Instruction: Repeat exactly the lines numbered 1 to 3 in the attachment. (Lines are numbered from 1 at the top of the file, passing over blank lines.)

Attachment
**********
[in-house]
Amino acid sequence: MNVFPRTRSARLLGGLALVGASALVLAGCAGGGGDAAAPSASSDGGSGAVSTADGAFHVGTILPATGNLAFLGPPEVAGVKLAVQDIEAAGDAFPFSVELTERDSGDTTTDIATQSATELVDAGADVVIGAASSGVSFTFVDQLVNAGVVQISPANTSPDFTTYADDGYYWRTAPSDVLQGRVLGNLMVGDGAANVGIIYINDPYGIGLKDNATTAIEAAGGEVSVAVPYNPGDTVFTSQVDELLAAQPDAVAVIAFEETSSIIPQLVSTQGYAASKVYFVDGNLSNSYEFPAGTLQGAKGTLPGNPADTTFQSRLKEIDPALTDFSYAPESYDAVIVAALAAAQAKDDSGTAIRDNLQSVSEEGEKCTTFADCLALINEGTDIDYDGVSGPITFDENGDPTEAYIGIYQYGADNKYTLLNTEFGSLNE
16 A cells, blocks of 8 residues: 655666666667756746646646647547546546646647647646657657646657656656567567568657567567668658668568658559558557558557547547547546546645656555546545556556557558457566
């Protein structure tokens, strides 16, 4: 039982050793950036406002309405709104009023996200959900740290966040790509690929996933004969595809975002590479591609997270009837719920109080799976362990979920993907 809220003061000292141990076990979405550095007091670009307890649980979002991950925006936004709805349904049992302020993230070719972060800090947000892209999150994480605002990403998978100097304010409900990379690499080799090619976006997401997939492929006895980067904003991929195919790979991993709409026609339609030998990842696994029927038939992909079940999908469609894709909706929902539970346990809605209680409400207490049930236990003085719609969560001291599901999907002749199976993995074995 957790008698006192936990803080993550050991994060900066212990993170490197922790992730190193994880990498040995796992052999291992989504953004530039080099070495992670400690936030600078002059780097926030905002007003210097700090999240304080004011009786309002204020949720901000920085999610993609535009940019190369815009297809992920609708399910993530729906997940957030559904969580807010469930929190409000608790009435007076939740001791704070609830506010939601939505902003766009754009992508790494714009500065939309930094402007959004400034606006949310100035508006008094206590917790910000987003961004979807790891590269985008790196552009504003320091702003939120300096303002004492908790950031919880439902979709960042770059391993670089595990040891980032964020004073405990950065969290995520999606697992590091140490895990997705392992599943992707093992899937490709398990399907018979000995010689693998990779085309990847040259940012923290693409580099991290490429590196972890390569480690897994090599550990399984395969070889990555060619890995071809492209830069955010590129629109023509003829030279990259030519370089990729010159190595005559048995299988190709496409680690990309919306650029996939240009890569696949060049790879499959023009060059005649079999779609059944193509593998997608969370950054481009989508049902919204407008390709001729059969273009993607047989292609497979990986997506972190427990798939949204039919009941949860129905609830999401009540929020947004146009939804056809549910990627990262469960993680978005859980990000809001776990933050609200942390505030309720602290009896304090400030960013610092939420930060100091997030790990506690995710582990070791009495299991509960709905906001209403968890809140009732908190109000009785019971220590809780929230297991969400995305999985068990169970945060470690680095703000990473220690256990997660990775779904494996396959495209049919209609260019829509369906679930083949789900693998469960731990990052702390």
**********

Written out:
[in-house]
Amino acid sequence: MNVFPRTRSARLLGGLALVGASALVLAGCAGGGGDAAAPSASSDGGSGAVSTADGAFHVGTILPATGNLAFLGPPEVAGVKLAVQDIEAAGDAFPFSVELTERDSGDTTTDIATQSATELVDAGADVVIGAASSGVSFTFVDQLVNAGVVQISPANTSPDFTTYADDGYYWRTAPSDVLQGRVLGNLMVGDGAANVGIIYINDPYGIGLKDNATTAIEAAGGEVSVAVPYNPGDTVFTSQVDELLAAQPDAVAVIAFEETSSIIPQLVSTQGYAASKVYFVDGNLSNSYEFPAGTLQGAKGTLPGNPADTTFQSRLKEIDPALTDFSYAPESYDAVIVAALAAAQAKDDSGTAIRDNLQSVSEEGEKCTTFADCLALINEGTDIDYDGVSGPITFDENGDPTEAYIGIYQYGADNKYTLLNTEFGSLNE
16 A cells, blocks of 8 residues: 655666666667756746646646647547546546646647647646657657646657656656567567568657567567668658668568658559558557558557547547547546546645656555546545556556557558457566